Here’s Looking at Green Fireplaces

March 4, 2011

Those looking for sustainable heating alternatives might wish to look at the clean-burning line of Tulikivi soapstone masonry heaters that use wood for fuel.

The Finnish company claims to have over a quarter of a million contented Tulikivi fireplace business and homeowners worldwide. Some public buildings in this country that heat with a Tulikivi have been recognized with LEED awards.

According to the Tulikivi company, the Tulikivi soapstone masonry heater provides clean combustion that boasts emissions levels below regulations. The radiant heat provided by a Tulikivi is more energy-efficient than the convection heat of a traditional wood burner.

Heating air with radiant heat from aTulikivi heaterprovides fresh and comfortable warmth, not the burned and dry heat produced by convection heat in traditional wood burners. The patented Tulikivi heating methodology has been recognized by Finland’s Asthma and Allergy Association because of the constant radiant heat it provides, preventing the generation of humidity (an instigator of mold).

The Tulikivi Whirlbox – a new invention – lengthens the time combustion gases remain in the fire chamber, allowing combustion to be efficient, but it is also exceptionally clean.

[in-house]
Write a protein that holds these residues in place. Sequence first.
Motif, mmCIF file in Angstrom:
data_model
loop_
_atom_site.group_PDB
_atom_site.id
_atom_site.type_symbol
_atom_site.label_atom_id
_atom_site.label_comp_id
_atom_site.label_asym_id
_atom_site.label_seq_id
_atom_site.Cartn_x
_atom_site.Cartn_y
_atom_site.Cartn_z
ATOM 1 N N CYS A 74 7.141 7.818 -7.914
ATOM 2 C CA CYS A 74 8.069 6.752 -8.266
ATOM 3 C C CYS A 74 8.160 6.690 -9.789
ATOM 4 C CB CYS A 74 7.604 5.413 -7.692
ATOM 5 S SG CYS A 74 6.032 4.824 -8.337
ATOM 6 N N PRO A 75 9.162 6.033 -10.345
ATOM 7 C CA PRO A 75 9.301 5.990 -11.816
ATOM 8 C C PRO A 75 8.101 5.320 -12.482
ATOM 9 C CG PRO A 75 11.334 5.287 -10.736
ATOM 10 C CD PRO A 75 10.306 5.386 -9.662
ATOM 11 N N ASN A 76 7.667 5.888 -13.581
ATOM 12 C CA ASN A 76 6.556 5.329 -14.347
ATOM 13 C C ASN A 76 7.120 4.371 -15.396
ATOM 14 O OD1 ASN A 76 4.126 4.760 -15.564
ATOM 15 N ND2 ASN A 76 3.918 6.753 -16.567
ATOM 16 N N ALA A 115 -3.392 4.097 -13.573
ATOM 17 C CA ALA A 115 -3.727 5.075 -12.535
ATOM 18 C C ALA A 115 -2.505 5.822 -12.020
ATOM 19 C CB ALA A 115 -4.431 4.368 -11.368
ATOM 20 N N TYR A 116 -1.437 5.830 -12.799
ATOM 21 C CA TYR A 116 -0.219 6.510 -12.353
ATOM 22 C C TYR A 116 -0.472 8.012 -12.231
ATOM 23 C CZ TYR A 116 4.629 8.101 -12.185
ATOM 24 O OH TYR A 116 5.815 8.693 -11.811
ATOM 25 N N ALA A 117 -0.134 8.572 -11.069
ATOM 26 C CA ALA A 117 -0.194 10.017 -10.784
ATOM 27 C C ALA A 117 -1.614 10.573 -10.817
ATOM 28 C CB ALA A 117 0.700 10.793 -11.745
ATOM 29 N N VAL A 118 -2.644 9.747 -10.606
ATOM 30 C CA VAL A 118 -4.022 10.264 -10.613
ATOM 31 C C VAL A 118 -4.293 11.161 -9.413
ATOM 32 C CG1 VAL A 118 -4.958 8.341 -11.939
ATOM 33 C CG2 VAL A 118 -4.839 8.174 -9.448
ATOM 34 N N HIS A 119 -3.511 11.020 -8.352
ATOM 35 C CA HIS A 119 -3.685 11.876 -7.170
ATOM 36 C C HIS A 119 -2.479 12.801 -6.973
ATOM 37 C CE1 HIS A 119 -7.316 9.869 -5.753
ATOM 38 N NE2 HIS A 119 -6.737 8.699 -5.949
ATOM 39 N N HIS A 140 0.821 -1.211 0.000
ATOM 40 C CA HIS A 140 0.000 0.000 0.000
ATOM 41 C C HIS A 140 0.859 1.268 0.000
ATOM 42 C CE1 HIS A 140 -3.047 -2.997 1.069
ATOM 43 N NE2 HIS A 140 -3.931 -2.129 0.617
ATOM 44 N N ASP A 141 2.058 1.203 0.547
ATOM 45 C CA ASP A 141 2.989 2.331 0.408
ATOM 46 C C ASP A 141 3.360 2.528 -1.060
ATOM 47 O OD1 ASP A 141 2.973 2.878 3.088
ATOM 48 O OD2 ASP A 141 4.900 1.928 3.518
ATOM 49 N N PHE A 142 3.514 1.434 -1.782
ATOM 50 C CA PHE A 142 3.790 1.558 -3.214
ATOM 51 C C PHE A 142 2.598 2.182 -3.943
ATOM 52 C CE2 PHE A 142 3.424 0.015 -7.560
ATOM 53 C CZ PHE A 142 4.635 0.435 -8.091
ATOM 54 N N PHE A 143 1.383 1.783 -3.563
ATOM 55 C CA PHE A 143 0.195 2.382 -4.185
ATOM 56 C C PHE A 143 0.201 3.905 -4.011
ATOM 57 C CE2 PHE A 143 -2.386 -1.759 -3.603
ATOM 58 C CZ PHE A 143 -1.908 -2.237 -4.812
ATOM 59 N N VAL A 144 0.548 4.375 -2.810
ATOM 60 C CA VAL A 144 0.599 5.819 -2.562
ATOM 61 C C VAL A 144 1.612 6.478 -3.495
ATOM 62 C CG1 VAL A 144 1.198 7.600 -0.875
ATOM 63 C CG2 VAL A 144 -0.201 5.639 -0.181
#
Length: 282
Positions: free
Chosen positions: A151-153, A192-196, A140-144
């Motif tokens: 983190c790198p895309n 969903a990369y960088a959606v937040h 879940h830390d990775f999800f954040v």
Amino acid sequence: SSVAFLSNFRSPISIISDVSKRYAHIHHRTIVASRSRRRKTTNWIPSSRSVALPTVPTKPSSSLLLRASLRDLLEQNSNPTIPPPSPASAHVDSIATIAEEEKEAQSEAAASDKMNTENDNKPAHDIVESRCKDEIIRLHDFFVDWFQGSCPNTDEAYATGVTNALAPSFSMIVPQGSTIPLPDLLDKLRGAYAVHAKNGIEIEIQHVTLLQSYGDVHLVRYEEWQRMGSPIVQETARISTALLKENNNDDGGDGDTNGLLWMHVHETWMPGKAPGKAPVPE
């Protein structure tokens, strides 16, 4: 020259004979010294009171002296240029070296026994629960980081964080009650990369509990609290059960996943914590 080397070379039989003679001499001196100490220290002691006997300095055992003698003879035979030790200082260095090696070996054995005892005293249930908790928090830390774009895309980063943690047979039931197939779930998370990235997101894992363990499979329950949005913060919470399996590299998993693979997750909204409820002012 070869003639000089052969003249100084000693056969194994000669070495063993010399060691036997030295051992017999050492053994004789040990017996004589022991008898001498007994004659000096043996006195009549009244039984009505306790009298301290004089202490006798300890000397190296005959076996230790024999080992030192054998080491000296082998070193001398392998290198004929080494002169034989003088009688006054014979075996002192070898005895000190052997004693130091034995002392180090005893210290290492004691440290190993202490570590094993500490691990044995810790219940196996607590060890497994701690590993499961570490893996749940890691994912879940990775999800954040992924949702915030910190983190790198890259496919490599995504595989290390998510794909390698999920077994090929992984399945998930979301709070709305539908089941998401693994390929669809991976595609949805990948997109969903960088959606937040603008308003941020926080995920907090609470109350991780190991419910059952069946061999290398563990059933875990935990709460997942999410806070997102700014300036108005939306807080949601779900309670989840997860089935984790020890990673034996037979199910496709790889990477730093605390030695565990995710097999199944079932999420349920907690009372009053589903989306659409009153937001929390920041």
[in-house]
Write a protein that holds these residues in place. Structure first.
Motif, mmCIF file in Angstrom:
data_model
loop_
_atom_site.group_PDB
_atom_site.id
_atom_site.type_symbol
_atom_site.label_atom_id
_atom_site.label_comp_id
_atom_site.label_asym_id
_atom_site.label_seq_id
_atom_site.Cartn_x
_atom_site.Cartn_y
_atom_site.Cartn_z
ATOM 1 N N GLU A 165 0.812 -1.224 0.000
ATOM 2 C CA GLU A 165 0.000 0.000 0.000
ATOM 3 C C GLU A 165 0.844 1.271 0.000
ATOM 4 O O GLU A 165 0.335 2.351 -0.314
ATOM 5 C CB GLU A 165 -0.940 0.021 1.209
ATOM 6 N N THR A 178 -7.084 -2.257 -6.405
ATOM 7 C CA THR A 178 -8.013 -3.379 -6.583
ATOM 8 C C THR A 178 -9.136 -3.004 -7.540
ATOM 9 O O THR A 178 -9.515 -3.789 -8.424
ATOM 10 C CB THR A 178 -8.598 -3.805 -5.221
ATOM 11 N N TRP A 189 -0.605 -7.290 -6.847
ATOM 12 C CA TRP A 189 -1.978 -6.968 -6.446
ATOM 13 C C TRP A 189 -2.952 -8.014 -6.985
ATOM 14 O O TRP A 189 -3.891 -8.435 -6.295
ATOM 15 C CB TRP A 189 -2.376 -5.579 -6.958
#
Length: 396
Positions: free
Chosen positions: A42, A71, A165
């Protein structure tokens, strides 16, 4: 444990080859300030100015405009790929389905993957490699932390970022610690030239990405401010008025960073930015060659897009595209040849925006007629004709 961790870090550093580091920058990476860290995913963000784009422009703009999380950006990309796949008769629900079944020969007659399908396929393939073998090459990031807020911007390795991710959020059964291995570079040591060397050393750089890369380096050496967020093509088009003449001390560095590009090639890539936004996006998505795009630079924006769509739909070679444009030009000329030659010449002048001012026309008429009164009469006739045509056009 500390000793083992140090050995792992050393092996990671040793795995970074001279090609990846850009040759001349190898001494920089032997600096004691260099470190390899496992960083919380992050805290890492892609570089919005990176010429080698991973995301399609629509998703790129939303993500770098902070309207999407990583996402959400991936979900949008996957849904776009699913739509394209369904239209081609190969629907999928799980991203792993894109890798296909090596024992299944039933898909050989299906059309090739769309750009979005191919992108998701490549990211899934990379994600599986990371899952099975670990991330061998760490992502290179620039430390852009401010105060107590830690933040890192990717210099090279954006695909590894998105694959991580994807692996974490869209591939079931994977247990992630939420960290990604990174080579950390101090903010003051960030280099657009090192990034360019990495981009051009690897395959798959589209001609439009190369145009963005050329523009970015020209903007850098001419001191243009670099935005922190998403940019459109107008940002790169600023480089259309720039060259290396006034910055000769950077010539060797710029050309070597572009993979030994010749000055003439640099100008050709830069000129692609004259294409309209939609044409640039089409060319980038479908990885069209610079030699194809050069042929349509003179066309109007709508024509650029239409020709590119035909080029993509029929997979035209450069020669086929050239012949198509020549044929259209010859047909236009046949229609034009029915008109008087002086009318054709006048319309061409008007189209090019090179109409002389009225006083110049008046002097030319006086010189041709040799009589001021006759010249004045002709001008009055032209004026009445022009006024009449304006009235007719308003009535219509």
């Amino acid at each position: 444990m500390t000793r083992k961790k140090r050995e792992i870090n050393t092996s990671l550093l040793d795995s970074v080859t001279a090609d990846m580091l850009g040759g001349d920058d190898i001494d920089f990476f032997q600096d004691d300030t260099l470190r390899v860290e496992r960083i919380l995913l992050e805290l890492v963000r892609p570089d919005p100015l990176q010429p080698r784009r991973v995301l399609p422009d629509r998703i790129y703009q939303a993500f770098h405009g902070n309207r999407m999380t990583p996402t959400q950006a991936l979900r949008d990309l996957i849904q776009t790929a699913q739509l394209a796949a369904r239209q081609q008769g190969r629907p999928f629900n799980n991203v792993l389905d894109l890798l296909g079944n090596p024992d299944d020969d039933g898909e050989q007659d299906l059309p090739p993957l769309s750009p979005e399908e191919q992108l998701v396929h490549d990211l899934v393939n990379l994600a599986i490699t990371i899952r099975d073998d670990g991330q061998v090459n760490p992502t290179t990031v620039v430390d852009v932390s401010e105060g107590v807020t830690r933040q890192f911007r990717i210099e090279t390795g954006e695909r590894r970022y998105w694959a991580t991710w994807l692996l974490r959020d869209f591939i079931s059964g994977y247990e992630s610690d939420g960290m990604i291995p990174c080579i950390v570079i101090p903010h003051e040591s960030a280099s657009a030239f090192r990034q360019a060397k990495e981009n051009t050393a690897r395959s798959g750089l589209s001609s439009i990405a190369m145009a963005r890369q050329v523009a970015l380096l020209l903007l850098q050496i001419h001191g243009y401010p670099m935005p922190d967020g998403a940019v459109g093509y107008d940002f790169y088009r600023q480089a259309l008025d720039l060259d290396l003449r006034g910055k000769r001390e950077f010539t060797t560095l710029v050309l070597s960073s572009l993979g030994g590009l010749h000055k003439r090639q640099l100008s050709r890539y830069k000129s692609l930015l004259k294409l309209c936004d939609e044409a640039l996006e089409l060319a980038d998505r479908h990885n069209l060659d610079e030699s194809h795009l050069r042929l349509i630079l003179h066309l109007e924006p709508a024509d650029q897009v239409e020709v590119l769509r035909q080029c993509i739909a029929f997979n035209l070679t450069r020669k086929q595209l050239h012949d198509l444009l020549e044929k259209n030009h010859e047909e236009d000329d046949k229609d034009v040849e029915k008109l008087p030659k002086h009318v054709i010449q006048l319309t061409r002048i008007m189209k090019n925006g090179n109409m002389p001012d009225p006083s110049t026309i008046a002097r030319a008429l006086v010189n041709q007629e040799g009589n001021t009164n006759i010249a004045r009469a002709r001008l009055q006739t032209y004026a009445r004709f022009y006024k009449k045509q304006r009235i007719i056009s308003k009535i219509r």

Soapstone is a dense, heat-resistant and solid material and has better heat retaining and thermal conductivity properties than other stones. A short 1 – 3 hour burn cycle per day will contribute a significant amount of heat.

“In the Whirlbox, combustion gases and air are mixed very effectively in the chamber which improves efficiency and provides a non-wasteful and exceptionally clean burn,” said Juha Sivonen, Tulikivi director of sales, “The emissions from a Tulikivi fireplace are reduced to only a fraction of even the world’s strictest emission standards, and thanks to its simple structure, the Whirlbox is also a very reliable and easy to use firebox.”

Unfortunately, Tulikivi pricing is significant, running between $8,800 and $12,720 for these models. Even so, Tulikivi emissions are well below some of the strictest state standards including Washington and Colorado.

Tulikivi, headquartered in Juuka, Finland, is the world’s largest manufacturer of heat-retaining fireplaces, exporting over half of its output to Europe and North America. The company’s complete range of fireplaces, consisting of more than 60 models, is considered among the cleanest wood-burning fireplaces in the world. Tulikivi has six production plants and employs over 500 people.


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Glenn Meyers

Writer, documentary producer, and director. Meyers is a contributor to CleanTechnica, and founder of Green Streets MediaTrain, a communications connection and eLearning hub. As an independent producer, he's been involved in the development, production and distribution of television and distance learning programs for both the education industry and corporate sector. He also is an avid gardener and loves sustainable innovation.
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